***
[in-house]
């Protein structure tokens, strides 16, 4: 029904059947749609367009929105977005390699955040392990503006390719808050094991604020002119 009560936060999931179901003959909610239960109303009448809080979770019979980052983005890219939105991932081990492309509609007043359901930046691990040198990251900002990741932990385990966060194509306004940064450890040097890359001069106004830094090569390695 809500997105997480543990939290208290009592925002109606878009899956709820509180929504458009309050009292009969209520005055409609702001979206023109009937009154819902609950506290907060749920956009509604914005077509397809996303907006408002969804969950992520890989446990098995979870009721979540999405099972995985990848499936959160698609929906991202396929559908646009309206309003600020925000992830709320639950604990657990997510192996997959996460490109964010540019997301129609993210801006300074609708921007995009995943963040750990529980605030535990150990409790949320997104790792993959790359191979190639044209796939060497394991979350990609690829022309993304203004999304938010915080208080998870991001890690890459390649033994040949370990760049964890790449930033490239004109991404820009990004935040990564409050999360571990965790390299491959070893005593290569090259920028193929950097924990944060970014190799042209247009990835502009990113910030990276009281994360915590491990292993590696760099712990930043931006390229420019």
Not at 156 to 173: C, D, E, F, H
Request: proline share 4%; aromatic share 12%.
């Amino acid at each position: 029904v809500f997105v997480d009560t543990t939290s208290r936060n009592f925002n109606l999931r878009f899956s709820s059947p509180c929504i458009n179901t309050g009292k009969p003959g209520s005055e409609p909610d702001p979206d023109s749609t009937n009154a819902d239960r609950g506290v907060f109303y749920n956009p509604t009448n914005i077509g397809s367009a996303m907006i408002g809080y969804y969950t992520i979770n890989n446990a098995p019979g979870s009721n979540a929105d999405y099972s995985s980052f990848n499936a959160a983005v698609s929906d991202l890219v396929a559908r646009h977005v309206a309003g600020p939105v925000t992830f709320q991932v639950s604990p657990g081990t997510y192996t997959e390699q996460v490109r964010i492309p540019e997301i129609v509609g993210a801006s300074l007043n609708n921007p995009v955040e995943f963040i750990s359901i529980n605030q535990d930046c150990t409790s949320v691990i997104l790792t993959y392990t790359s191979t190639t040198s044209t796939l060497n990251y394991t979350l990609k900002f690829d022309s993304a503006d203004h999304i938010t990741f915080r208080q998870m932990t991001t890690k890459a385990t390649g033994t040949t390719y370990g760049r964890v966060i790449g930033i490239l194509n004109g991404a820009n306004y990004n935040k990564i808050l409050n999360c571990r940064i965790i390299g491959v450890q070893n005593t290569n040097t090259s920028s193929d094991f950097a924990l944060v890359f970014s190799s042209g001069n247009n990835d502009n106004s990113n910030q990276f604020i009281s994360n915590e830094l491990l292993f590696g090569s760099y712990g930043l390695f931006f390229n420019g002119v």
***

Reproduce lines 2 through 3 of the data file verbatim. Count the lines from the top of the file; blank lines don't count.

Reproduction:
């Protein structure tokens, strides 16, 4: 029904059947749609367009929105977005390699955040392990503006390719808050094991604020002119 009560936060999931179901003959909610239960109303009448809080979770019979980052983005890219939105991932081990492309509609007043359901930046691990040198990251900002990741932990385990966060194509306004940064450890040097890359001069106004830094090569390695 809500997105997480543990939290208290009592925002109606878009899956709820509180929504458009309050009292009969209520005055409609702001979206023109009937009154819902609950506290907060749920956009509604914005077509397809996303907006408002969804969950992520890989446990098995979870009721979540999405099972995985990848499936959160698609929906991202396929559908646009309206309003600020925000992830709320639950604990657990997510192996997959996460490109964010540019997301129609993210801006300074609708921007995009995943963040750990529980605030535990150990409790949320997104790792993959790359191979190639044209796939060497394991979350990609690829022309993304203004999304938010915080208080998870991001890690890459390649033994040949370990760049964890790449930033490239004109991404820009990004935040990564409050999360571990965790390299491959070893005593290569090259920028193929950097924990944060970014190799042209247009990835502009990113910030990276009281994360915590491990292993590696760099712990930043931006390229420019």
Not at 156 to 173: C, D, E, F, H